When creating this blog, I decided to save this article for last because sustainability is the most talked about aspect of packaging design in today’s society. Many people today are very environmentally conscious and would like to take steps to reduce their carbon footprints. Additionally, these same people are pressuring companies to reduce the material used in their product’s packages in order to be more “green.” As mentioned in one of the JustEncase articles earlier, less packaging is not always the solution to this problem, however. Because companies need to provide enough packaging to protect their products from damage during shipping, climate, etc, they will need to find a greener material rather than decrease packaging size all together.

To support my hypothesis, I gathered some statistics on company’s predictions for the future of green packaging. According to Experience Festival, “53.5% of industry executives believe that recyclable packaging will be significantly important or the most important ethical packaging innovation over the next 5 years,” and only “37.5% believe reduced packaging will be the most important.”

Due to the increasing consumer demand for green products, many companies are constructing plans to make their products (and the products’ packages) more efficient. In the video below, Steve Kelsey describes the three different types of company responses to this demand.

So what makes a package “sustainable”? According to the Sustainable Packaging Alliance, a product must fulfill four key qualifications in order to be considered green. They are:

1. Effective: The product must provide social and monetary benefits.

2. Efficient: The product must use “materials, energy, and water” as efficiently as possible.

3. Cyclic: The product must be recyclable or reusable through industrial or natural systems.

4. Safe: The product must not be polluting or toxic.

A great example of a product that fulfills all of these four requirements is the new Coca-Cola PlantBottle.  Made from 30% plant material, the bottle is both natural and  100% recyclable. Additionally, Coca-Cola is subsequently creating programs to collect these bottles across the nation in order to encourage consumers to recycle. The bottle continues to function as the previous packages have with its ability to protect the beverage from damage or contamination. The only downside to this innovative design, however, it’s the costly procedures necessary to execute the company’s big plans. In the end, Coca-Cola prides itself on making positive changes in the world while satisfying its loyal consumers. Thus, the company has made it clear that they are dedicated to finding a green solution for all of their products in the near future.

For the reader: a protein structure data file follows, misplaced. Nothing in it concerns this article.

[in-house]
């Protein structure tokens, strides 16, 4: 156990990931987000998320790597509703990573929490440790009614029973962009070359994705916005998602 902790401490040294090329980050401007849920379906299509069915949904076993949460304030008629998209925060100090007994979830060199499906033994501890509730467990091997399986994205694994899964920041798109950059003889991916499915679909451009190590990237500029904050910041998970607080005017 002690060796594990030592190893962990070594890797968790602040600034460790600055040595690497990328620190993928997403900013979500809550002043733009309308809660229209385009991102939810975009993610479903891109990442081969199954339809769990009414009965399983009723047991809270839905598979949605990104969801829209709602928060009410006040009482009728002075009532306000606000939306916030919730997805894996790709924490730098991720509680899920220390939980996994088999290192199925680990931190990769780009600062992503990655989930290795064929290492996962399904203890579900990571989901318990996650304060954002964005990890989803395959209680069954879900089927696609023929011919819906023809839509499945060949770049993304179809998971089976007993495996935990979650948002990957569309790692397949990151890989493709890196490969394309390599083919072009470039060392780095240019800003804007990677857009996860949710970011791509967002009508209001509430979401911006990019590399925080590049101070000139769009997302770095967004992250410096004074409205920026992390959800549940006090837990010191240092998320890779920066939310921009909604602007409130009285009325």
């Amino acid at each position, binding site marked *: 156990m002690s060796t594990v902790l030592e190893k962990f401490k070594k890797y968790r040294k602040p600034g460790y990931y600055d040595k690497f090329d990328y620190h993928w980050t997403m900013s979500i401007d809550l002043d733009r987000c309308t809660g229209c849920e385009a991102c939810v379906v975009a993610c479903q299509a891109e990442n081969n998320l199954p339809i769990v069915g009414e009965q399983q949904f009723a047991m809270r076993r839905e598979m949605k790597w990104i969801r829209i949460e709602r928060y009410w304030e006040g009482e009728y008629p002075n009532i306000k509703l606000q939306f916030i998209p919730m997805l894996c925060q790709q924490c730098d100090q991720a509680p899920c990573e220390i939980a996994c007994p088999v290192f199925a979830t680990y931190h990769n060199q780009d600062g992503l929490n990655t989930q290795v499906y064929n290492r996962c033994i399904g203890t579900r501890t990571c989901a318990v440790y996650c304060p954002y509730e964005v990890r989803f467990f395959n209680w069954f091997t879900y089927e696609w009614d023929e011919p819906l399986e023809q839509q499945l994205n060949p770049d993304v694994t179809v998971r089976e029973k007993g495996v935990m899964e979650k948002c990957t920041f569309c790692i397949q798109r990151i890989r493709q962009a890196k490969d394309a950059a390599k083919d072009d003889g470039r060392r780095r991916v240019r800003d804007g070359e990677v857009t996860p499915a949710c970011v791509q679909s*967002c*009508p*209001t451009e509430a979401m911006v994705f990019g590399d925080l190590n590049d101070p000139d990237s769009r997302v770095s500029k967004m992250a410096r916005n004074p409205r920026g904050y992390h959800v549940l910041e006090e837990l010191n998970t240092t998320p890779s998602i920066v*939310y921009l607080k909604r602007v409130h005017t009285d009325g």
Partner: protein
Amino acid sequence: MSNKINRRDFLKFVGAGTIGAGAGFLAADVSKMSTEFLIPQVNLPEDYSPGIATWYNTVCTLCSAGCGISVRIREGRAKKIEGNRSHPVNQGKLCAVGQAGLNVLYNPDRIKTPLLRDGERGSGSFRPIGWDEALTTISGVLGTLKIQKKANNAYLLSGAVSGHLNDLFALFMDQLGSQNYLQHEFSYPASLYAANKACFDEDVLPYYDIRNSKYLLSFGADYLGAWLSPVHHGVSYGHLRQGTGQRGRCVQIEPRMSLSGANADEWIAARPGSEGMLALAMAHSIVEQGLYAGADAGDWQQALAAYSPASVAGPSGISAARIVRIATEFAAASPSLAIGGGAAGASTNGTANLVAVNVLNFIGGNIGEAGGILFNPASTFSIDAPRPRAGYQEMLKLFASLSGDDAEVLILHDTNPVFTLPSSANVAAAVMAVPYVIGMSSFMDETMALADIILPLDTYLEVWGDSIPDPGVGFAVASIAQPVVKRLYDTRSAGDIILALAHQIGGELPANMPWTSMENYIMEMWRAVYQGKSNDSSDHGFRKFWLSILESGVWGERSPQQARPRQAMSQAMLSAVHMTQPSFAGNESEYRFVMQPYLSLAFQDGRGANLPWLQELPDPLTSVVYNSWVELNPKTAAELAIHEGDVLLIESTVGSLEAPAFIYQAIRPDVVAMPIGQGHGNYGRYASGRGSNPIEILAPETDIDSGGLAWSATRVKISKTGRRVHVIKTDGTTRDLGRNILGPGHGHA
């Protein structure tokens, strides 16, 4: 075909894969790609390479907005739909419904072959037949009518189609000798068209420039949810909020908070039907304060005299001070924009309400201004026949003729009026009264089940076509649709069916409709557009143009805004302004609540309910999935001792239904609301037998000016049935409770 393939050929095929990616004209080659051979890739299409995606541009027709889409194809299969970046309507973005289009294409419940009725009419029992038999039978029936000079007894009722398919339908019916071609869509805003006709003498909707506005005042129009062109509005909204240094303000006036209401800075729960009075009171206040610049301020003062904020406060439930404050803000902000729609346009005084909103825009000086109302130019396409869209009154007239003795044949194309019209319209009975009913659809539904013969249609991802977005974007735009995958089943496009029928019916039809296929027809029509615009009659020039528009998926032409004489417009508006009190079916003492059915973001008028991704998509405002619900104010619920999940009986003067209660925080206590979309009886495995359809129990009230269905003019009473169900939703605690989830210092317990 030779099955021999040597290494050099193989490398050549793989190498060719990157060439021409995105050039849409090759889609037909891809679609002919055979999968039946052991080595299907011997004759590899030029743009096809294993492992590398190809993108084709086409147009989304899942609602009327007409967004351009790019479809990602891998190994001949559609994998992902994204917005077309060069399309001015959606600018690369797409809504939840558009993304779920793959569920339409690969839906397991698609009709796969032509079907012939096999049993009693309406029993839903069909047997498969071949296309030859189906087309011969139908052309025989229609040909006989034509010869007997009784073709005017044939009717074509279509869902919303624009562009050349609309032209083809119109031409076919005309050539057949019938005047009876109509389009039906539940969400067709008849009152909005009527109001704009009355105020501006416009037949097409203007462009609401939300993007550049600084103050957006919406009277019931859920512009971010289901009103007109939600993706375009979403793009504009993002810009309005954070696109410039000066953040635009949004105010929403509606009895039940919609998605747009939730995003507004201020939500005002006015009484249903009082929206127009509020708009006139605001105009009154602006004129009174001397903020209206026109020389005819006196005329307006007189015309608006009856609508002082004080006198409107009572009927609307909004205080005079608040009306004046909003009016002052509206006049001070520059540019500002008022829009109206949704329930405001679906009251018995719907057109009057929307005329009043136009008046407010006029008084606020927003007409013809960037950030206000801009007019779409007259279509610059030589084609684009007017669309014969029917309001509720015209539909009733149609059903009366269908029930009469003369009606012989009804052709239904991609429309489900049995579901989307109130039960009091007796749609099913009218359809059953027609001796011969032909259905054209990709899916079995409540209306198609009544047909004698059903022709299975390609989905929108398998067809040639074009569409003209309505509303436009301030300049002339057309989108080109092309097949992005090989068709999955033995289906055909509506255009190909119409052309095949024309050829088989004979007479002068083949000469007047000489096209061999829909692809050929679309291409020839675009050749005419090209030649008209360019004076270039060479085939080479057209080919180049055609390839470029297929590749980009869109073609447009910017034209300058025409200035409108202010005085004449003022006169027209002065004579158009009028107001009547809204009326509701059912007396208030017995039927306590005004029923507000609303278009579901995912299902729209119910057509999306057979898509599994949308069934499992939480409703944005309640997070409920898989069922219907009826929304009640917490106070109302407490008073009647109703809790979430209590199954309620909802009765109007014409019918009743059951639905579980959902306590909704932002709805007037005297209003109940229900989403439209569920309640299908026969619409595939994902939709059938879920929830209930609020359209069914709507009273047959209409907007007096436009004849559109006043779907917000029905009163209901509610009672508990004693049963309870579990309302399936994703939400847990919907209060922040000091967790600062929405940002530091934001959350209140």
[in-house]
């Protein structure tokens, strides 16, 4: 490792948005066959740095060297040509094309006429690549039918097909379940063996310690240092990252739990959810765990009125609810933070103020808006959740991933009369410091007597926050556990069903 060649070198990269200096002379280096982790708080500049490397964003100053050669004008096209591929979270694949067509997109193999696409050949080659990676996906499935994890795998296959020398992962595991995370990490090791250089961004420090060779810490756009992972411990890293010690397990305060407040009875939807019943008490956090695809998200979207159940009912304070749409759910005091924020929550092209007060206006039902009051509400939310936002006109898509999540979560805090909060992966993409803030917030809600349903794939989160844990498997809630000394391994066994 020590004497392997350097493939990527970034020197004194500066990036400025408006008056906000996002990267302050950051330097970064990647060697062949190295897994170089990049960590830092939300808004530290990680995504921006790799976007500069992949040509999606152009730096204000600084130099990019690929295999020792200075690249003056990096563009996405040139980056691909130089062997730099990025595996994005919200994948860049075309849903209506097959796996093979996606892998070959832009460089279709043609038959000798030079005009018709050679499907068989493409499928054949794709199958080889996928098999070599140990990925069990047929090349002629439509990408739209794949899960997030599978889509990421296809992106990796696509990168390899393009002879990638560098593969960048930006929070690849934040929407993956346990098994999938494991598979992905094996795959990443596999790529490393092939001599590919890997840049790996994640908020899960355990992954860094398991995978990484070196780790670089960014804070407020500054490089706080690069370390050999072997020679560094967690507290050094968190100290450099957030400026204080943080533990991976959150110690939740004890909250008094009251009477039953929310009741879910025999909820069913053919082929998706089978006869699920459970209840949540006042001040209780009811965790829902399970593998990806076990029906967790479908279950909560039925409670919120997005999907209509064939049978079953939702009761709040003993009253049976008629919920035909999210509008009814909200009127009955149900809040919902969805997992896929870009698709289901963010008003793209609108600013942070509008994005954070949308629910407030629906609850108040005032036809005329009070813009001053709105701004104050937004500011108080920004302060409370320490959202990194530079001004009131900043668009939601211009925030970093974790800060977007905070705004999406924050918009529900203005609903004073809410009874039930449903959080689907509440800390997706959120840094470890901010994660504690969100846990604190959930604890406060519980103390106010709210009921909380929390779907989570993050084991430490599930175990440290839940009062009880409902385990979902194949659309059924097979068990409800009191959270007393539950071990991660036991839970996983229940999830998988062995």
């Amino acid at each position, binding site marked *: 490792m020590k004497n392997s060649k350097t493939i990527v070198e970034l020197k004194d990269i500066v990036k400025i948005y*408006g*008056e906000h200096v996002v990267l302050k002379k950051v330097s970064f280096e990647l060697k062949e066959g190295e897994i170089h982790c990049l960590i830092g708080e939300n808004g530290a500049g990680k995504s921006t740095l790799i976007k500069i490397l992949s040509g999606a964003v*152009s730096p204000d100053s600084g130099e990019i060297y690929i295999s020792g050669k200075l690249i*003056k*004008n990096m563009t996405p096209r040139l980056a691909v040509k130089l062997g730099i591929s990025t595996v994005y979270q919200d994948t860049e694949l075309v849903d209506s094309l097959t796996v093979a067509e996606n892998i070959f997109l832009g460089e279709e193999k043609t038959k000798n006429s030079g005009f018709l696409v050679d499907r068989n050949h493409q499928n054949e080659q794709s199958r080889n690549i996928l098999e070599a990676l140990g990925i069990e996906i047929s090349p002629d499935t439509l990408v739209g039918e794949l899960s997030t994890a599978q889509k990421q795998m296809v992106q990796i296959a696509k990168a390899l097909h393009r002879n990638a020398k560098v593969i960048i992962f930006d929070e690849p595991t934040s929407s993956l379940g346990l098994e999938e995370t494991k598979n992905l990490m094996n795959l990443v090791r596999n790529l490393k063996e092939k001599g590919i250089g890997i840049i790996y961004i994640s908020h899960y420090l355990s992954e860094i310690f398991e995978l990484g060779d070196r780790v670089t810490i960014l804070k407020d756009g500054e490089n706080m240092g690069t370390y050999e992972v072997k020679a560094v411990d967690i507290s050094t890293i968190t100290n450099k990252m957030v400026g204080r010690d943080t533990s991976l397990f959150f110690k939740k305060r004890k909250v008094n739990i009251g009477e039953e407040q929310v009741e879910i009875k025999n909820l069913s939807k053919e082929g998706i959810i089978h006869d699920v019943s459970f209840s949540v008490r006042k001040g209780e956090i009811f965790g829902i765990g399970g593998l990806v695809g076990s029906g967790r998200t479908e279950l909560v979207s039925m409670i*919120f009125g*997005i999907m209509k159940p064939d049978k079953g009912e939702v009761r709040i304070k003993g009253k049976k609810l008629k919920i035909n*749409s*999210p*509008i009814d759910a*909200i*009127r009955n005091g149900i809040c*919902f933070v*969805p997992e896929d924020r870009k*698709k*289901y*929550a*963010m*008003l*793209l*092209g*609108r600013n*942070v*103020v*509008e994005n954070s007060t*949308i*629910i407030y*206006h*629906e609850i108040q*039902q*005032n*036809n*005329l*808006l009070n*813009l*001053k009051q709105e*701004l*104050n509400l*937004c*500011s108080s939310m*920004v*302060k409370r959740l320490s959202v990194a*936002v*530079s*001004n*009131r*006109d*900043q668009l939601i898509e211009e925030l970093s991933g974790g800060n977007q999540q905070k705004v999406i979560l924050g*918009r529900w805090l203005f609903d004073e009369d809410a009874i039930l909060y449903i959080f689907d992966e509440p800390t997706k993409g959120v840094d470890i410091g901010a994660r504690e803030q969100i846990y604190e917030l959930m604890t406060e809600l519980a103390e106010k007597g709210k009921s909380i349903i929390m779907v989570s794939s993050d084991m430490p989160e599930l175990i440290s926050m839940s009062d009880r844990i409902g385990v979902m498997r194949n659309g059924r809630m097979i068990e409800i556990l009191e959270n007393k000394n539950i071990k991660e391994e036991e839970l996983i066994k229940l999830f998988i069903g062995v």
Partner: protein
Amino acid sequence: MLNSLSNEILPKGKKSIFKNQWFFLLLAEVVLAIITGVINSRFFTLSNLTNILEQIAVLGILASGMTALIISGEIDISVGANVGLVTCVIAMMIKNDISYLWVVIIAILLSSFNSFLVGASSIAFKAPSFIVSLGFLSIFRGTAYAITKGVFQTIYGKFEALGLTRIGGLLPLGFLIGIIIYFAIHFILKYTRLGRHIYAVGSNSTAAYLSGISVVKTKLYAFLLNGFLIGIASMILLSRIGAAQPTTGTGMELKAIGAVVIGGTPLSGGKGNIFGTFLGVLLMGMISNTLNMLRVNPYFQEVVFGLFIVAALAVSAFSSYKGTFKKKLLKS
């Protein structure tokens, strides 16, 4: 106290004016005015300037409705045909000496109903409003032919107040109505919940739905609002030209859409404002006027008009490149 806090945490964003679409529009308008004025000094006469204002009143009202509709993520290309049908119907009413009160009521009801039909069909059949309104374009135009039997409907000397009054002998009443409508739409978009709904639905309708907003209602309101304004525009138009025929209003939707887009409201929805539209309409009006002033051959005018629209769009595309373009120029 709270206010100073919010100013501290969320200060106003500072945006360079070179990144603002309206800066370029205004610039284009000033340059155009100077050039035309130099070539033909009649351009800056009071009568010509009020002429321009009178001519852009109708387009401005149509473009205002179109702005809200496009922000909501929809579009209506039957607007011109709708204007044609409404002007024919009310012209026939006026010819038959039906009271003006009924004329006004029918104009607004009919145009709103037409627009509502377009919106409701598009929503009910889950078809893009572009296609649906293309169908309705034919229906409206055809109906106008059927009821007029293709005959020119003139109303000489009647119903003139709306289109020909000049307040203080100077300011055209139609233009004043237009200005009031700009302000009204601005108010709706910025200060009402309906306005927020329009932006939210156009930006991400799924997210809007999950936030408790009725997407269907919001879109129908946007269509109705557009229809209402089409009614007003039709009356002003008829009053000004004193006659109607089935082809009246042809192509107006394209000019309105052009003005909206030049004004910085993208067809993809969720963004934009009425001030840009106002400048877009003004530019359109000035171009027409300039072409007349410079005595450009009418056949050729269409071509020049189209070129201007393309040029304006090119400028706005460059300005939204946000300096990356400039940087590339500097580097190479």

Because the topic of sustainability is so important in today’s society, there are hundreds of suggestions for green materials that have the potential to replace plastic or styrofoam in future package designs. One of these suggestions comes from Eben Bayer, a speaker at a 2010 TED conference. In the video posted below, Eben explains his invention of a product called MycoBond which uses mushrooms to create a foam-like material that can be used to protect fragile objects during shipping.

To have a general overview of sustainable energy and green package design, you can check out the podcast below in which Rose Grabowski explains the benefits that this new trend will provide to both companies and consumers.

Bharat Book Bureau. (2010). Trends Impacting the Ethical and Sustainable Packaging Market. In
     Global Oneness. Retrieved from Global Oneness website: http://www.experiencefestival.com/wp/
     article/trends-impacting-the-ethical-and-sustainable-packaging-market
Defining Sustainable Packaging. (2005). Sustainable Packaging Alliance. Retrieved from Sustainable
     Packaging Alliance website: http://www.sustainablepack.org/research/subpage.aspx?PageID=10&id=7
PlantBottle. (2011). The Coca-Cola Company. Retrieved from The Coca-Cola Company website:
     http://www.thecoca-colacompany.com/citizenship/plantbottle.html
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